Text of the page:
And we’ll continue to expand job training for veterans and their spouses through partnerships across the federal government.
The President is also calling on Congress to ensure that every veteran has a roof over their head. His budget will propose that we pave the path to an entitlement to housing assistance for those who have served our country. So, a robust agenda to protect American veterans.
Turning now to mental health: The President worked with Congress to pass critical bipartisan legislation to help address our mental health crisis. President Biden signed into law the Bipartisan Safer Communities Act, which makes unprecedented investments in expanding trauma-informed youth mental health programs and supports school-based health services by creating new grant opportunities and technical assistance for schools.
We expanded Medicare coverage to include additional mental health and substance use disorder services and providers.
We worked with Congress to make major investments in training the next generation of mental health professionals.
And all of this builds on historically significant resources for community mental health services, which we saw continued in the most recent bipartisan spending legislation.
We’ve also worked across the federal government to coordinate resources and support Americans with mental health needs.
Last summer, we successfully transitioned to the 988 Suicide and Crisis Hotline. Thanks to new investments, those in crisis now have more timely access to trained counselors. Since the transition, calls to the Suicide and Crisis Hotline have grown by at least 50 percent, texts have increased more than 1,200 percent, all that’s all while response rates have increased and wait times have been reduced.
We’ve also worked to make it easier for Medicare and Medicaid beneficiaries to access mental health services through their coverage, and we’ve worked across the federal government to provide new resources and assistance to states, territories, Tribes, Tribal organizations, and local communities.
But we know that too many Americans continue to struggle, especially young people, where mounting evidence indicates that social media and other tech platforms can be harmful to mental health, wellbeing, and development.
The President is calling for bipartisan support to ban targeted advertising online for children and young people; enact strong protections for their privacy, health, and safety online; and improve online privacy and transparency for all Americans.
And we will continue to implement a whole-of-government strategy to expand the mental health workforce, reduce barriers to care, and promote resilient environments.
We will issue new rules to enforce mental health parity requirements so that insurance companies meet their obligations to provide mental health and substance-use disorder care on the same terms as physical health services.
We’ll continue to expand the crisis care workforce — trained peers, first responders, licensed counselors and psychologists — and we’ll also expand mobile crisis intervention services.
And we will prioritize research so that we build an evidence base to deliver proven therapies at scale.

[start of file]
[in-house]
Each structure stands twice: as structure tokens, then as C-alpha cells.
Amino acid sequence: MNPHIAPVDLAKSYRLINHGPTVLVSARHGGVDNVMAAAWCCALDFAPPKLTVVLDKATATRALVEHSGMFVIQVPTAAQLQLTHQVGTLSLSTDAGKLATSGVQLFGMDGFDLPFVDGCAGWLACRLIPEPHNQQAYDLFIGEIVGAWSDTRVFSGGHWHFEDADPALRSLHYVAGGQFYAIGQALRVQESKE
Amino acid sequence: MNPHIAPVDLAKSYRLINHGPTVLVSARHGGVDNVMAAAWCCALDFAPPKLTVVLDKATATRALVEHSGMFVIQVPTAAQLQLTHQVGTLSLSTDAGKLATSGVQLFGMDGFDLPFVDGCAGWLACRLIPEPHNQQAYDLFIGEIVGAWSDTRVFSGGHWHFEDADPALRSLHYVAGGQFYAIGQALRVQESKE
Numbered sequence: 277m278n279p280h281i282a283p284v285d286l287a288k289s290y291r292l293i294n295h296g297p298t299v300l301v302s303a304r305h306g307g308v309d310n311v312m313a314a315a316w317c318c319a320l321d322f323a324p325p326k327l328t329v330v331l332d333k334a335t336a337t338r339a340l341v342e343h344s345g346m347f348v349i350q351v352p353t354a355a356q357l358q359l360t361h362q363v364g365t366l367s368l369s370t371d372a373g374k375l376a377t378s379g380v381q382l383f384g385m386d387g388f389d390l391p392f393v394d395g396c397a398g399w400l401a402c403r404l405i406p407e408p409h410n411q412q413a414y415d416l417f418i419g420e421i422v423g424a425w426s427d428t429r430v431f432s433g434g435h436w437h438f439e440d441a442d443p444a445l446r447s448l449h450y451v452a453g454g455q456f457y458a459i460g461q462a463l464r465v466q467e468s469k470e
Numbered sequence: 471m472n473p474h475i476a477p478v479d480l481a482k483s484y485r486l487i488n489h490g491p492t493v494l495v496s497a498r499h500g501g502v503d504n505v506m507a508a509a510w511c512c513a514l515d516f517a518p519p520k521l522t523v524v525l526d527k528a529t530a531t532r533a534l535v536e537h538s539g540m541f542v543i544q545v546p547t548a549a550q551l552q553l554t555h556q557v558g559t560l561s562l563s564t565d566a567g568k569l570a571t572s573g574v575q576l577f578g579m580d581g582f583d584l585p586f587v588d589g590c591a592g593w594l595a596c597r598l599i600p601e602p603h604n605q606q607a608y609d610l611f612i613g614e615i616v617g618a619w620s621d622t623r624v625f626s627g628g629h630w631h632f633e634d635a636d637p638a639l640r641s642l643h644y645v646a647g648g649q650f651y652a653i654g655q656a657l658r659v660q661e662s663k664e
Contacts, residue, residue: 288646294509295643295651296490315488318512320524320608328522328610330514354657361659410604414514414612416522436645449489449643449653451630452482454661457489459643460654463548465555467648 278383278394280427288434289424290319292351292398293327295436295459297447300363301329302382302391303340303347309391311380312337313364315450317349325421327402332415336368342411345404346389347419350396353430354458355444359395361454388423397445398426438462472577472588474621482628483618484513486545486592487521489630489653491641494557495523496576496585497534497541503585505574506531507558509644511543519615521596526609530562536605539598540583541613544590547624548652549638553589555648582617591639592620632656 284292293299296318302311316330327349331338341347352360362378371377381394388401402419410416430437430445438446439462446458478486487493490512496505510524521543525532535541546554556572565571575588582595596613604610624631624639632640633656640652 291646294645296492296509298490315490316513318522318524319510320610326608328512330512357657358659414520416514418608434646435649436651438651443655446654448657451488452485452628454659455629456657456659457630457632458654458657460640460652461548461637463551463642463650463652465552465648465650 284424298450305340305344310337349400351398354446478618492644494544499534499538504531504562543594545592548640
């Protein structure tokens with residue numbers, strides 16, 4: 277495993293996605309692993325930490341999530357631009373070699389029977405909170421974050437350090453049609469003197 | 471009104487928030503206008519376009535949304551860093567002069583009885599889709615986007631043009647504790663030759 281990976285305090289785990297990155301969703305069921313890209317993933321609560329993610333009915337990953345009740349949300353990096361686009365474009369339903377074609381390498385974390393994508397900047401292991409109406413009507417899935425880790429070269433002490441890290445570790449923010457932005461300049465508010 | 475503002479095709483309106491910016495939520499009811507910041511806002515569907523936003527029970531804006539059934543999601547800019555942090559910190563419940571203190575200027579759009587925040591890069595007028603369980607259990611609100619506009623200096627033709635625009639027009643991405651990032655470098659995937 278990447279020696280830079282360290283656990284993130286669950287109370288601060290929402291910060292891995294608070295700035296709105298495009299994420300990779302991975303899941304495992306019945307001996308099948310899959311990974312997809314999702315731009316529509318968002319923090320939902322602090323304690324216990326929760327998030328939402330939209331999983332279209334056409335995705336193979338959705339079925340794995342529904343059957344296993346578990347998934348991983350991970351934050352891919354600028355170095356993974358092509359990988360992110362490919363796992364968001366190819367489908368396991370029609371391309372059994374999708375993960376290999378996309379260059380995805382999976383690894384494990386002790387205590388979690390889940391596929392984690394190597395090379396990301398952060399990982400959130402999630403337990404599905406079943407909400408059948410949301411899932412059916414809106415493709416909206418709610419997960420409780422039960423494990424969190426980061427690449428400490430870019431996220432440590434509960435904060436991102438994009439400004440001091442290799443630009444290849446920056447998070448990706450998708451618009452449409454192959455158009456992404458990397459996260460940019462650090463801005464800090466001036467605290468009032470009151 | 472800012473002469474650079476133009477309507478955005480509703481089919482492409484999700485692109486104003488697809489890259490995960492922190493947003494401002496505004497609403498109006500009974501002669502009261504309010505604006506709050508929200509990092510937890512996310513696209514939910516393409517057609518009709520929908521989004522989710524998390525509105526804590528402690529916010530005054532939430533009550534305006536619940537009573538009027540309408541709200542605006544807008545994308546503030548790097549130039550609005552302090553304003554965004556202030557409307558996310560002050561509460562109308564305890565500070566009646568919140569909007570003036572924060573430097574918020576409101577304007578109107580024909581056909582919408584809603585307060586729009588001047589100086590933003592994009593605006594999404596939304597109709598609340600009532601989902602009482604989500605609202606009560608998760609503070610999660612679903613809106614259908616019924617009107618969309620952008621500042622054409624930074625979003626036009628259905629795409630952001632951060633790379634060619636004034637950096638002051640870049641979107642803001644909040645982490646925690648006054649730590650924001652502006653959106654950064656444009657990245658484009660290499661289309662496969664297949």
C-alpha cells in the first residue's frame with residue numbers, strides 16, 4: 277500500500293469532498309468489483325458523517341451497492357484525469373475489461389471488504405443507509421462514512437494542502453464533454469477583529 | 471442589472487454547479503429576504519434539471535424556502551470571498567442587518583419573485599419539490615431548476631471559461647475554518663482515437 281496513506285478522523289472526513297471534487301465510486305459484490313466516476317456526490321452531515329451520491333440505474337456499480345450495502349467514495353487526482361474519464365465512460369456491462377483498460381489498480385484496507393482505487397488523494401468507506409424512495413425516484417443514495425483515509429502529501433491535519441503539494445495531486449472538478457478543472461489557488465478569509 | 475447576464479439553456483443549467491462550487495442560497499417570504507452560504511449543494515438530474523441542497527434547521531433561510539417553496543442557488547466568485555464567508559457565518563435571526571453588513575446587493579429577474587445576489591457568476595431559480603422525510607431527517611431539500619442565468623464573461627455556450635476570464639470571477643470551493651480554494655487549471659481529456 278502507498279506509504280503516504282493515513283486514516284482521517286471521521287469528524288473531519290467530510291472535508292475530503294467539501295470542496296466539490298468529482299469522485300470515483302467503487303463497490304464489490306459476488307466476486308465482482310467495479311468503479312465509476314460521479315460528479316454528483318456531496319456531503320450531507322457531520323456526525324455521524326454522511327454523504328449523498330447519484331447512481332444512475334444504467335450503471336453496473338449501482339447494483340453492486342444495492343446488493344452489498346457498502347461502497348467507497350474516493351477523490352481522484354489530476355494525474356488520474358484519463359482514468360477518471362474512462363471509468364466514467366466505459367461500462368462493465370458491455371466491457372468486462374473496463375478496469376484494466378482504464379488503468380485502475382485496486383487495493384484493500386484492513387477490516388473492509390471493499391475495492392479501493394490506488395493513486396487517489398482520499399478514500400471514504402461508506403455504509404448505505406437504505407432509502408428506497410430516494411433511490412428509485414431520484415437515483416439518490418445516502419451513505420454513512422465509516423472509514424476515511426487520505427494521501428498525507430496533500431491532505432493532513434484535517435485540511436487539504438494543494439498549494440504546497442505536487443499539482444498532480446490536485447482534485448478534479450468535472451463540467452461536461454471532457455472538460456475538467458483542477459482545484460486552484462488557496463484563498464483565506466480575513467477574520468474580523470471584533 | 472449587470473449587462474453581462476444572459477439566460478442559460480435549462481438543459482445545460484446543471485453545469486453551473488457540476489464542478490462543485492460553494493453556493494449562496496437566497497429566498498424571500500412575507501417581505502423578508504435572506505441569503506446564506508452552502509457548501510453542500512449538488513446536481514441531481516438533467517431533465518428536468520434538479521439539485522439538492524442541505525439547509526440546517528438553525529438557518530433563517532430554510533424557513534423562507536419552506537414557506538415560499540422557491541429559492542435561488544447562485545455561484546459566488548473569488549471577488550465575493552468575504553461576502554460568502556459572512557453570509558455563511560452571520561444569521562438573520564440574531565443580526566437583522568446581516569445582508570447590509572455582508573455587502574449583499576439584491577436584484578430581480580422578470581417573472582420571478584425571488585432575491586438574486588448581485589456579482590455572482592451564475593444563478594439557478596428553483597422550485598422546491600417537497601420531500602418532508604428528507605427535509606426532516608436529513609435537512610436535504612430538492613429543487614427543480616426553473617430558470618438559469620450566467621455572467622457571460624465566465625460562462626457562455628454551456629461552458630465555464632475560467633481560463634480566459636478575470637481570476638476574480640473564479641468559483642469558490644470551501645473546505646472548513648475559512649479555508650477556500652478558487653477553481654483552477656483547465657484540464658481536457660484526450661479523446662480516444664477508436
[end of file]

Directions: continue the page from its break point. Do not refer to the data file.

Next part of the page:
With that, I will turn it back to you, Kevin.
MR. MUNOZ: Thank you, Christen. And thank you, everybody, for joining.
With that, we can take a few questions.
All right, let’s go to Andrea Shalal with Reuters first.
Q Thank you so much. This agenda that you’ve outlined here is — can you say what you think the chances are of passage? Is this the — are these the agenda items that you think Congress will pass in a — you know, in a split Congress? And is that why you’re foregrounding it?
And if you could just say a few more words on the mental health aspect. What’s driving that is, obviously, the statistics, but is there any piece of this that you want to link to gun safety too?
MS. LINKE YOUNG: Sure. I can start there. So, in last year’s State of the Union, the President laid out a Unity Agenda focused on these same four pillars, and we saw Congress make enormous progress on a bipartisan basis over the last year.
We passed the PACT Act for veterans with 86 votes in the Senate. We passed the Bipartisan Safer Communities Act, which makes significant progress on mental health resources for kids, with 65 votes in the Senate. Congress provided funding for ARPA-H, a major investment in reducing cancer deaths and innovating across the healthcare system.
And, of course, when it comes to the overdose crisis and substance use disorder, Congress repealed the X-waiver to make it easier for people to access medication-assisted treatment for substance use disorder and enacted a variety of resources across this agenda to take on the overdose crisis.
So we have seen that we can deliver on these priorities and make life better for Americans by working together with members of Congress of both parties across this full agenda.
And what you’ll hear him talk about in tonight’s State of the Union is a desire to keep moving forward on that work, to build on these historic bipartisan achievements over the last year, and continue working with members of Congress of both parties to deliver results for the American people.
MR. MUNOZ: Thanks.
Next question, let’s go to Maureen Groppe at USA Today.
Q Hi, thanks. I had a broader question and then a specific question. On the broader question: Is this bipartisan emphasis — is this going to be the largest part of the speech? And could we also expect the President to lay out areas where he has differences with Republicans?